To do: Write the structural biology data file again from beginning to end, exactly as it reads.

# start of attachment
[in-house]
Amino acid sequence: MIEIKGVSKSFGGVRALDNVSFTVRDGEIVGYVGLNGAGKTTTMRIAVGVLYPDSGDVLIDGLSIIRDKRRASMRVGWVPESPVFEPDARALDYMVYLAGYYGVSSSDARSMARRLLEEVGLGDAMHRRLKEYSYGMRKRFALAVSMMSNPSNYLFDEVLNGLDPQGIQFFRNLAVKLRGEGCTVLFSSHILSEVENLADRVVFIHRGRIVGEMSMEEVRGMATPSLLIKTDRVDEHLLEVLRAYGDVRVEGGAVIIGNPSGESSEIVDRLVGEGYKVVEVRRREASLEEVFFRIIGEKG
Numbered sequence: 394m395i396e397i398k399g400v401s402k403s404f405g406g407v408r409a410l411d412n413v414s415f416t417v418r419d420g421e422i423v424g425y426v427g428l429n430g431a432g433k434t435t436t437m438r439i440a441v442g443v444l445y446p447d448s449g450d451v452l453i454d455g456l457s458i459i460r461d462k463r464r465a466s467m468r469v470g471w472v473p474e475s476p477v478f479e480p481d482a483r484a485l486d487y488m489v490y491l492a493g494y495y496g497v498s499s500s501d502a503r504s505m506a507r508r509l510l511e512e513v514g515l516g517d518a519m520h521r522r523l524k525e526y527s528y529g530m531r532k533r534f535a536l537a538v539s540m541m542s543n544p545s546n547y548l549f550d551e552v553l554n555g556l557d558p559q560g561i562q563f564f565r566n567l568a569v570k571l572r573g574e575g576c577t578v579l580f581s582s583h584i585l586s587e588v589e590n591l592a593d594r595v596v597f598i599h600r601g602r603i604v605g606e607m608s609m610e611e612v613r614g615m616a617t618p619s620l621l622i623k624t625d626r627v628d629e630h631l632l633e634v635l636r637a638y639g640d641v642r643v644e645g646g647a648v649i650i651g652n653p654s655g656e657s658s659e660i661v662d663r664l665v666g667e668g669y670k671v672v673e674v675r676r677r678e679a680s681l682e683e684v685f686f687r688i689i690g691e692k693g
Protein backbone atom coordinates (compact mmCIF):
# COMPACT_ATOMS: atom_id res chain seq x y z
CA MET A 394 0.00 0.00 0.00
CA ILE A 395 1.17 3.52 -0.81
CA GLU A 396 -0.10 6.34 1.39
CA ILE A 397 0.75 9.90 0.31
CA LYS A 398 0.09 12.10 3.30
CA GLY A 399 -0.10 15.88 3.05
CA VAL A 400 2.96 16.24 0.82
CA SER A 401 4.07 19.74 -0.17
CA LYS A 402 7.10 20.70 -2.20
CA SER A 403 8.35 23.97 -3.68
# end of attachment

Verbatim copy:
[in-house]
Amino acid sequence: MIEIKGVSKSFGGVRALDNVSFTVRDGEIVGYVGLNGAGKTTTMRIAVGVLYPDSGDVLIDGLSIIRDKRRASMRVGWVPESPVFEPDARALDYMVYLAGYYGVSSSDARSMARRLLEEVGLGDAMHRRLKEYSYGMRKRFALAVSMMSNPSNYLFDEVLNGLDPQGIQFFRNLAVKLRGEGCTVLFSSHILSEVENLADRVVFIHRGRIVGEMSMEEVRGMATPSLLIKTDRVDEHLLEVLRAYGDVRVEGGAVIIGNPSGESSEIVDRLVGEGYKVVEVRRREASLEEVFFRIIGEKG
Numbered sequence: 394m395i396e397i398k399g400v401s402k403s404f405g406g407v408r409a410l411d412n413v414s415f416t417v418r419d420g421e422i423v424g425y426v427g428l429n430g431a432g433k434t435t436t437m438r439i440a441v442g443v444l445y446p447d448s449g450d451v452l453i454d455g456l457s458i459i460r461d462k463r464r465a466s467m468r469v470g471w472v473p474e475s476p477v478f479e480p481d482a483r484a485l486d487y488m489v490y491l492a493g494y495y496g497v498s499s500s501d502a503r504s505m506a507r508r509l510l511e512e513v514g515l516g517d518a519m520h521r522r523l524k525e526y527s528y529g530m531r532k533r534f535a536l537a538v539s540m541m542s543n544p545s546n547y548l549f550d551e552v553l554n555g556l557d558p559q560g561i562q563f564f565r566n567l568a569v570k571l572r573g574e575g576c577t578v579l580f581s582s583h584i585l586s587e588v589e590n591l592a593d594r595v596v597f598i599h600r601g602r603i604v605g606e607m608s609m610e611e612v613r614g615m616a617t618p619s620l621l622i623k624t625d626r627v628d629e630h631l632l633e634v635l636r637a638y639g640d641v642r643v644e645g646g647a648v649i650i651g652n653p654s655g656e657s658s659e660i661v662d663r664l665v666g667e668g669y670k671v672v673e674v675r676r677r678e679a680s681l682e683e684v685f686f687r688i689i690g691e692k693g
Protein backbone atom coordinates (compact mmCIF):
# COMPACT_ATOMS: atom_id res chain seq x y z
CA MET A 394 0.00 0.00 0.00
CA ILE A 395 1.17 3.52 -0.81
CA GLU A 396 -0.10 6.34 1.39
CA ILE A 397 0.75 9.90 0.31
CA LYS A 398 0.09 12.10 3.30
CA GLY A 399 -0.10 15.88 3.05
CA VAL A 400 2.96 16.24 0.82
CA SER A 401 4.07 19.74 -0.17
CA LYS A 402 7.10 20.70 -2.20
CA SER A 403 8.35 23.97 -3.68